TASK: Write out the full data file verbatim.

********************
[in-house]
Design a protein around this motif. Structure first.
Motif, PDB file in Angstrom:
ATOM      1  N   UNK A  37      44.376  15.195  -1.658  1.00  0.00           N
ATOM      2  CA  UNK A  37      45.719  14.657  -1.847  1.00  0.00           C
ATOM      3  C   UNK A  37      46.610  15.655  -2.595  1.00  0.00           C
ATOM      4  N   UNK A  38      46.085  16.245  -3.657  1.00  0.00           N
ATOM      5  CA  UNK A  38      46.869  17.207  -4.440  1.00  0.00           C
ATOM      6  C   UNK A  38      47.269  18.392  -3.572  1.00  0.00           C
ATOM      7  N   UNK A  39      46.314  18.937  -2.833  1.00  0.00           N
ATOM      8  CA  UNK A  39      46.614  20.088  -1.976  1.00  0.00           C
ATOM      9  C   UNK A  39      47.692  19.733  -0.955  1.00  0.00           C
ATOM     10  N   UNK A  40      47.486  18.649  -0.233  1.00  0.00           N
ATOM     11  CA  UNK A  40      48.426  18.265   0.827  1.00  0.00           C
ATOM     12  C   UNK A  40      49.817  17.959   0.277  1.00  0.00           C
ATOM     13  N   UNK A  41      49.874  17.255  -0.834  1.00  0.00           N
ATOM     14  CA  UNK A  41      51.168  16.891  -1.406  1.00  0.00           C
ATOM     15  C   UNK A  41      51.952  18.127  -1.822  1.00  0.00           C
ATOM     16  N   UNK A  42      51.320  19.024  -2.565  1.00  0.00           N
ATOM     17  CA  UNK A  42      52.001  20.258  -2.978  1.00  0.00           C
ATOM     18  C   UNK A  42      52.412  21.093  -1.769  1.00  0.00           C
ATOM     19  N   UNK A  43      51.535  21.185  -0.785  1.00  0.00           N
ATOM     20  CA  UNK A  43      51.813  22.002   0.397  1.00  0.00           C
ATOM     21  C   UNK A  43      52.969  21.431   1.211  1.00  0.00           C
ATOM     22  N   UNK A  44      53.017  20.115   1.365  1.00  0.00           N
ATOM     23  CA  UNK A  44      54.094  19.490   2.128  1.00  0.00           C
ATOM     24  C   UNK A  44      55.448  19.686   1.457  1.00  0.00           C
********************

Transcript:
[in-house]
Design a protein around this motif. Structure first.
Motif, PDB file in Angstrom:
ATOM      1  N   UNK A  37      44.376  15.195  -1.658  1.00  0.00           N
ATOM      2  CA  UNK A  37      45.719  14.657  -1.847  1.00  0.00           C
ATOM      3  C   UNK A  37      46.610  15.655  -2.595  1.00  0.00           C
ATOM      4  N   UNK A  38      46.085  16.245  -3.657  1.00  0.00           N
ATOM      5  CA  UNK A  38      46.869  17.207  -4.440  1.00  0.00           C
ATOM      6  C   UNK A  38      47.269  18.392  -3.572  1.00  0.00           C
ATOM      7  N   UNK A  39      46.314  18.937  -2.833  1.00  0.00           N
ATOM      8  CA  UNK A  39      46.614  20.088  -1.976  1.00  0.00           C
ATOM      9  C   UNK A  39      47.692  19.733  -0.955  1.00  0.00           C
ATOM     10  N   UNK A  40      47.486  18.649  -0.233  1.00  0.00           N
ATOM     11  CA  UNK A  40      48.426  18.265   0.827  1.00  0.00           C
ATOM     12  C   UNK A  40      49.817  17.959   0.277  1.00  0.00           C
ATOM     13  N   UNK A  41      49.874  17.255  -0.834  1.00  0.00           N
ATOM     14  CA  UNK A  41      51.168  16.891  -1.406  1.00  0.00           C
ATOM     15  C   UNK A  41      51.952  18.127  -1.822  1.00  0.00           C
ATOM     16  N   UNK A  42      51.320  19.024  -2.565  1.00  0.00           N
ATOM     17  CA  UNK A  42      52.001  20.258  -2.978  1.00  0.00           C
ATOM     18  C   UNK A  42      52.412  21.093  -1.769  1.00  0.00           C
ATOM     19  N   UNK A  43      51.535  21.185  -0.785  1.00  0.00           N
ATOM     20  CA  UNK A  43      51.813  22.002   0.397  1.00  0.00           C
ATOM     21  C   UNK A  43      52.969  21.431   1.211  1.00  0.00           C
ATOM     22  N   UNK A  44      53.017  20.115   1.365  1.00  0.00           N
ATOM     23  CA  UNK A  44      54.094  19.490   2.128  1.00  0.00           C
ATOM     24  C   UNK A  44      55.448  19.686   1.457  1.00  0.00           C